Fast Food: A Remarkable Achievement
You may be a health fanatic and prefer your food free range or organically produced, but the sheer audacity and scope of what we have achieved in the last few centuries should make the mind boggle.
MCDONALD’S AND other fast food restaurants come in for their fair share of criticism on a regular basis, mainly for the quality of their food. We should be avoiding these places, according to some, choosing healthy options, cooking our own meals from scratch. Burgers contain too much salt, too much fat; the cuts of meat are pretty low grade.
Across the world, almost every town and city has a McDonald’s, all throwing out cheap burgers for a few rupees a pop. You may be a health fanatic and prefer your food free range or organically produced, but the sheer audacity and scope of what we have achieved in the last few centuries should make the mind boggle. Instead of knocking companies like McDonald’s, perhaps we should be applauding them.
Let’s look at a couple of things we take for granted.
You can pop out your door and buy food. You don’t have to hunt it down; you don’t have to forage in the forest or labour for months in fields producing crops. You simply get out your debit card, go to a supermarket and pay for what you want.
If you wanted to produce and make a McDonald’s burger without the infrastructure we have now, you’d have to raise the meat, milk the cow to make cheese, grow the wheat and grind it and find some yeast for the bread, grow lettuce and tomatoes and that’s even before you get to the dressing. Ask yourself just how you are going to do this for just a few pounds?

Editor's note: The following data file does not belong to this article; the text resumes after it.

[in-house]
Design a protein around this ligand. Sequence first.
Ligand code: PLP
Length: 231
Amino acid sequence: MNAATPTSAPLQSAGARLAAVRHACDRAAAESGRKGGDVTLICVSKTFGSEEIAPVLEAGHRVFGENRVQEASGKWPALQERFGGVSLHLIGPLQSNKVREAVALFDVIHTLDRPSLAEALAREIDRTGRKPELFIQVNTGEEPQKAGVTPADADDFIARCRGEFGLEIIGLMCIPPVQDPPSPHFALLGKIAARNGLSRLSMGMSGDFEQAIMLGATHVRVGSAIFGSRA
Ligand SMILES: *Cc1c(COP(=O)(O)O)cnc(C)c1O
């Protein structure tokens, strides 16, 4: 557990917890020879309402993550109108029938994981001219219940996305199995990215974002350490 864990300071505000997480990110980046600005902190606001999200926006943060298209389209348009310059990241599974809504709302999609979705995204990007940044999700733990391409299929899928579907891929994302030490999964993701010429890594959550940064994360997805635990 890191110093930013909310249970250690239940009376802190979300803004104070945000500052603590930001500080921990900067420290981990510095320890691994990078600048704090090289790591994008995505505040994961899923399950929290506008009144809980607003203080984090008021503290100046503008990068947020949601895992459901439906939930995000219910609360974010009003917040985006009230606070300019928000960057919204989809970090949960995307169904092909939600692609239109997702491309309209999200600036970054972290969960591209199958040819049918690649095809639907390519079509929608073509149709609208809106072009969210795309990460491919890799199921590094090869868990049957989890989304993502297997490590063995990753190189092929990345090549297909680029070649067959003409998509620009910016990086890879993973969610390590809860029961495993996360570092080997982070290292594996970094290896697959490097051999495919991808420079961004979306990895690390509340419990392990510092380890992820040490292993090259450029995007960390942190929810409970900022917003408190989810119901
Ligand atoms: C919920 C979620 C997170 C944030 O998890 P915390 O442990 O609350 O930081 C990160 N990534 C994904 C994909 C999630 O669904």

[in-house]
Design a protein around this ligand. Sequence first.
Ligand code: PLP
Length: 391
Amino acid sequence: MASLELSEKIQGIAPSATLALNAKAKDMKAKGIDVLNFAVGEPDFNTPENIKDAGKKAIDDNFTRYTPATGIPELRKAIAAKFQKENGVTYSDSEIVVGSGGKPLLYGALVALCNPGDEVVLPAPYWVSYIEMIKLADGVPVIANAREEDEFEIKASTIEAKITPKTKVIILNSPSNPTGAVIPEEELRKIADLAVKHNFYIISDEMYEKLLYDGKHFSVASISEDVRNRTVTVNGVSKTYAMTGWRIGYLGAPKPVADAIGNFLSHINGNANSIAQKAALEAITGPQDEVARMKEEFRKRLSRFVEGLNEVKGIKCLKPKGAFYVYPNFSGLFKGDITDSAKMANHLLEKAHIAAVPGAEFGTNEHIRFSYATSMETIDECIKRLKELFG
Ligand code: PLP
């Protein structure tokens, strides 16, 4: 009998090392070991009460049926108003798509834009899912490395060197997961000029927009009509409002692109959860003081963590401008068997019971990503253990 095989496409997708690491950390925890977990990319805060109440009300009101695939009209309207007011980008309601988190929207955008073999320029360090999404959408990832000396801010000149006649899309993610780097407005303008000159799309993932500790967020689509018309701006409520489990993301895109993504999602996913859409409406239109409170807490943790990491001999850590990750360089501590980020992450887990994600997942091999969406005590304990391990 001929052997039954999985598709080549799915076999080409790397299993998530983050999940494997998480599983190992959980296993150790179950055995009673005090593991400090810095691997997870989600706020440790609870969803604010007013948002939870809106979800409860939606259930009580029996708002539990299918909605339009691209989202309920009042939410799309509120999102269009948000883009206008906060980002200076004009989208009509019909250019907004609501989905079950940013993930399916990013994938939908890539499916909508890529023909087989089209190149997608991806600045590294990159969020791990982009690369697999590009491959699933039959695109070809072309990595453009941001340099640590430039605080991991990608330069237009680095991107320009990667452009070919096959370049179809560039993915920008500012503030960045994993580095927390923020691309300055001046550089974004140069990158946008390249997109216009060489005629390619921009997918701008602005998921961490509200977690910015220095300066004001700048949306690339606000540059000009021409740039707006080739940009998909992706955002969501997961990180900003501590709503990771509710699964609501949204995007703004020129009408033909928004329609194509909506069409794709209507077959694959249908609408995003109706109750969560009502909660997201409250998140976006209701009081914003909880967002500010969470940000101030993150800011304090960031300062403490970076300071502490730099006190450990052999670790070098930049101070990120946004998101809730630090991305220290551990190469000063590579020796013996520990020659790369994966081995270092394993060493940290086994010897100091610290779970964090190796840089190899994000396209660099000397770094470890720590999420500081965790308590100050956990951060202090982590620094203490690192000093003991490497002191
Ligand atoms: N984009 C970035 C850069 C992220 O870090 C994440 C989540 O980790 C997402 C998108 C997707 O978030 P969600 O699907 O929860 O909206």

Two things have transformed the world in which we live. The first is trade – because without that you wouldn’t have half the products on your shelf and you would probably never have heard of tomatoes or gherkins. Even the coffee you might have with your burger and those tasty fries all originally came from somewhere else.
The next problem, of course, is storing all that food. Where would we be without transport networks? Or refrigeration? Or curing and preserving techniques? All these have spread across the world because of our growing interconnection. It means we can have food anytime, anywhere.
Go back just six or seven hundred years and you wouldn’t have seen one single sign of a tomato in Italy. Now it’s hard to find a Mediterranean meal without one in the recipe. But the truth is, tomatoes didn’t originate in Italy, they came from Latin America and were only brought over when people started exploring and trading. Nowadays you won’t find a street where someone isn’t either growing or using tomatoes in their cooking.
You might laugh at the humble McDonald’s cheeseburger and vilify its health qualities but it actually provides about half of what we need as human beings to sustain us through the day. The fact that it is readily available, is the same across all outlets and comes at a pretty knock down price seems to escape most people.
The foundations of our civilisation are built on such things. It’s not governments or laws or your nightly TV shows, it’s the stuff we make available because we have the trade and transportation networks in place and the ability to provide food when in centuries gone by most people would have been starving to death because of a local blight or drought.
So next time you pass by a fast food chain and are about to sneer, consider what it says about our civilisation. You don’t have to go in and buy a burger and coke, if you don’t want. You can head to your local supermarket and chose some alfalfa and soy protein with a little salad, instead. It’s there, waiting for you. You don’t have to hunt it down. You don’t have to grow it. But the same remarkable principles that lie behind your burger are behind that health food too.
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